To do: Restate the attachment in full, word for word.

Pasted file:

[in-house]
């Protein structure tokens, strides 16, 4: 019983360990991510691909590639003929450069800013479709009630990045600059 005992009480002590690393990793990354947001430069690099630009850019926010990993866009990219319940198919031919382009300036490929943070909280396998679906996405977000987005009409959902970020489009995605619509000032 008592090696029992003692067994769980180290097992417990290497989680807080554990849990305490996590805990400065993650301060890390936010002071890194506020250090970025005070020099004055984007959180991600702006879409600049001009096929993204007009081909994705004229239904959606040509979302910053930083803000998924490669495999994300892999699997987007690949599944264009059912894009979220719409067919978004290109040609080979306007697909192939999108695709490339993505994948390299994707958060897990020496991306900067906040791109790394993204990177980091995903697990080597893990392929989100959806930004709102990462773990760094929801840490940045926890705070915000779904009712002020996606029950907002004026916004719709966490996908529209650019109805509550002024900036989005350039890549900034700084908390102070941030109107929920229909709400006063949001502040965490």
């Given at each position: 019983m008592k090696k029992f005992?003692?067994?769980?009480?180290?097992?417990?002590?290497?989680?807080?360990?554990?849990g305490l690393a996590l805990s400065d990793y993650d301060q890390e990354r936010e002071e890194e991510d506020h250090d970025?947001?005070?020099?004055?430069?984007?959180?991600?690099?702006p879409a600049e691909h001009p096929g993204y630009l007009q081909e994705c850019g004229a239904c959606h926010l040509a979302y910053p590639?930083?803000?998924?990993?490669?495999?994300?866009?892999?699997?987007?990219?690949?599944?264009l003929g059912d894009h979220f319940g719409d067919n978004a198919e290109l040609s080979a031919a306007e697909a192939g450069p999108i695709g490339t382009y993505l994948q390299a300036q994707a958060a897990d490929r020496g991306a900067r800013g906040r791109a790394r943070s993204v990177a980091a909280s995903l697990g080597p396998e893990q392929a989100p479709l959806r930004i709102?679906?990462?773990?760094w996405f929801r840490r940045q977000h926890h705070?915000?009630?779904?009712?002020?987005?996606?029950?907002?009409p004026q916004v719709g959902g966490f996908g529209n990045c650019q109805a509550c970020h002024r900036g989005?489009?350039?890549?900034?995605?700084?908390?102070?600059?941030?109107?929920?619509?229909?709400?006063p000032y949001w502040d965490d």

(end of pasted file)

[in-house]
């Protein structure tokens, strides 16, 4: 019983360990991510691909590639003929450069800013479709009630990045600059 005992009480002590690393990793990354947001430069690099630009850019926010990993866009990219319940198919031919382009300036490929943070909280396998679906996405977000987005009409959902970020489009995605619509000032 008592090696029992003692067994769980180290097992417990290497989680807080554990849990305490996590805990400065993650301060890390936010002071890194506020250090970025005070020099004055984007959180991600702006879409600049001009096929993204007009081909994705004229239904959606040509979302910053930083803000998924490669495999994300892999699997987007690949599944264009059912894009979220719409067919978004290109040609080979306007697909192939999108695709490339993505994948390299994707958060897990020496991306900067906040791109790394993204990177980091995903697990080597893990392929989100959806930004709102990462773990760094929801840490940045926890705070915000779904009712002020996606029950907002004026916004719709966490996908529209650019109805509550002024900036989005350039890549900034700084908390102070941030109107929920229909709400006063949001502040965490």
């Given at each position: 019983m008592k090696k029992f005992?003692?067994?769980?009480?180290?097992?417990?002590?290497?989680?807080?360990?554990?849990g305490l690393a996590l805990s400065d990793y993650d301060q890390e990354r936010e002071e890194e991510d506020h250090d970025?947001?005070?020099?004055?430069?984007?959180?991600?690099?702006p879409a600049e691909h001009p096929g993204y630009l007009q081909e994705c850019g004229a239904c959606h926010l040509a979302y910053p590639?930083?803000?998924?990993?490669?495999?994300?866009?892999?699997?987007?990219?690949?599944?264009l003929g059912d894009h979220f319940g719409d067919n978004a198919e290109l040609s080979a031919a306007e697909a192939g450069p999108i695709g490339t382009y993505l994948q390299a300036q994707a958060a897990d490929r020496g991306a900067r800013g906040r791109a790394r943070s993204v990177a980091a909280s995903l697990g080597p396998e893990q392929a989100p479709l959806r930004i709102?679906?990462?773990?760094w996405f929801r840490r940045q977000h926890h705070?915000?009630?779904?009712?002020?987005?996606?029950?907002?009409p004026q916004v719709g959902g966490f996908g529209n990045c650019q109805a509550c970020h002024r900036g989005?489009?350039?890549?900034?995605?700084?908390?102070?600059?941030?109107?929920?619509?229909?709400?006063p000032y949001w502040d965490d």